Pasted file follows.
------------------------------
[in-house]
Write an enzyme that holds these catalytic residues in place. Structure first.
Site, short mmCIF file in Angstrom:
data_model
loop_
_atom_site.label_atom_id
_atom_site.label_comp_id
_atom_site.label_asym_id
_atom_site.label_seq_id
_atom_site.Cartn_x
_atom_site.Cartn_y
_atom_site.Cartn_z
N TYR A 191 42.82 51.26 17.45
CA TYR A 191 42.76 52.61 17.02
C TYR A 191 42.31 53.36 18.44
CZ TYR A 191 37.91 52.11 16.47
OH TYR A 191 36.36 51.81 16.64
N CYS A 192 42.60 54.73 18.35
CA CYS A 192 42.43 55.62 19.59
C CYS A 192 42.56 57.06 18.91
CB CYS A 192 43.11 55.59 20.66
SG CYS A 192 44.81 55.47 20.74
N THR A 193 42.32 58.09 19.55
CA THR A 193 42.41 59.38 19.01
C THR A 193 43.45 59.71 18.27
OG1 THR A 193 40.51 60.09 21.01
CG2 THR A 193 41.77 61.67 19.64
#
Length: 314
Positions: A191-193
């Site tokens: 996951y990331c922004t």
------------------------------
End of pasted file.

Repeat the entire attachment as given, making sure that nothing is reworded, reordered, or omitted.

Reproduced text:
[in-house]
Write an enzyme that holds these catalytic residues in place. Structure first.
Site, short mmCIF file in Angstrom:
data_model
loop_
_atom_site.label_atom_id
_atom_site.label_comp_id
_atom_site.label_asym_id
_atom_site.label_seq_id
_atom_site.Cartn_x
_atom_site.Cartn_y
_atom_site.Cartn_z
N TYR A 191 42.82 51.26 17.45
CA TYR A 191 42.76 52.61 17.02
C TYR A 191 42.31 53.36 18.44
CZ TYR A 191 37.91 52.11 16.47
OH TYR A 191 36.36 51.81 16.64
N CYS A 192 42.60 54.73 18.35
CA CYS A 192 42.43 55.62 19.59
C CYS A 192 42.56 57.06 18.91
CB CYS A 192 43.11 55.59 20.66
SG CYS A 192 44.81 55.47 20.74
N THR A 193 42.32 58.09 19.55
CA THR A 193 42.41 59.38 19.01
C THR A 193 43.45 59.71 18.27
OG1 THR A 193 40.51 60.09 21.01
CG2 THR A 193 41.77 61.67 19.64
#
Length: 314
Positions: A191-193
């Site tokens: 996951y990331c922004t």